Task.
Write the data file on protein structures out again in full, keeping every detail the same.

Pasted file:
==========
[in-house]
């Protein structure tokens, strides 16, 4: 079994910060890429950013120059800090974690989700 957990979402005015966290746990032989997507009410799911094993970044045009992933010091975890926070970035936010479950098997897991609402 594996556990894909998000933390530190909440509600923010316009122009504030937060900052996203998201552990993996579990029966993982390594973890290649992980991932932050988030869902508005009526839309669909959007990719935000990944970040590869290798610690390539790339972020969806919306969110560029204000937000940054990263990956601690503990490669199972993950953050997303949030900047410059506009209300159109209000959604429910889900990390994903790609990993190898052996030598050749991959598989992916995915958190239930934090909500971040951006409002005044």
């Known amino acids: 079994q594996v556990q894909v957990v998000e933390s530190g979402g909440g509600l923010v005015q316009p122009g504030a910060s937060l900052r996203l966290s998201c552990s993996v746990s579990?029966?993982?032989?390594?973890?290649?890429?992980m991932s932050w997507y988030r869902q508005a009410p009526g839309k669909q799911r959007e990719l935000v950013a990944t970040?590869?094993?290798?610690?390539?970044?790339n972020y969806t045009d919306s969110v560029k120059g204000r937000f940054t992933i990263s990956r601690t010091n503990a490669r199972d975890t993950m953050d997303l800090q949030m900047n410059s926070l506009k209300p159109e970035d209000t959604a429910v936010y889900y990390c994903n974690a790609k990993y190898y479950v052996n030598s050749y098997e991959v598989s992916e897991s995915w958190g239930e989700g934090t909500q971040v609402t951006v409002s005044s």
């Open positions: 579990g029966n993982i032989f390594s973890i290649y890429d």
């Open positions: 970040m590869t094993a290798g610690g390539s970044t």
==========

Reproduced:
[in-house]
């Protein structure tokens, strides 16, 4: 079994910060890429950013120059800090974690989700 957990979402005015966290746990032989997507009410799911094993970044045009992933010091975890926070970035936010479950098997897991609402 594996556990894909998000933390530190909440509600923010316009122009504030937060900052996203998201552990993996579990029966993982390594973890290649992980991932932050988030869902508005009526839309669909959007990719935000990944970040590869290798610690390539790339972020969806919306969110560029204000937000940054990263990956601690503990490669199972993950953050997303949030900047410059506009209300159109209000959604429910889900990390994903790609990993190898052996030598050749991959598989992916995915958190239930934090909500971040951006409002005044």
């Known amino acids: 079994q594996v556990q894909v957990v998000e933390s530190g979402g909440g509600l923010v005015q316009p122009g504030a910060s937060l900052r996203l966290s998201c552990s993996v746990s579990?029966?993982?032989?390594?973890?290649?890429?992980m991932s932050w997507y988030r869902q508005a009410p009526g839309k669909q799911r959007e990719l935000v950013a990944t970040?590869?094993?290798?610690?390539?970044?790339n972020y969806t045009d919306s969110v560029k120059g204000r937000f940054t992933i990263s990956r601690t010091n503990a490669r199972d975890t993950m953050d997303l800090q949030m900047n410059s926070l506009k209300p159109e970035d209000t959604a429910v936010y889900y990390c994903n974690a790609k990993y190898y479950v052996n030598s050749y098997e991959v598989s992916e897991s995915w958190g239930e989700g934090t909500q971040v609402t951006v409002s005044s």
């Open positions: 579990g029966n993982i032989f390594s973890i290649y890429d």
């Open positions: 970040m590869t094993a290798g610690g390539s970044t």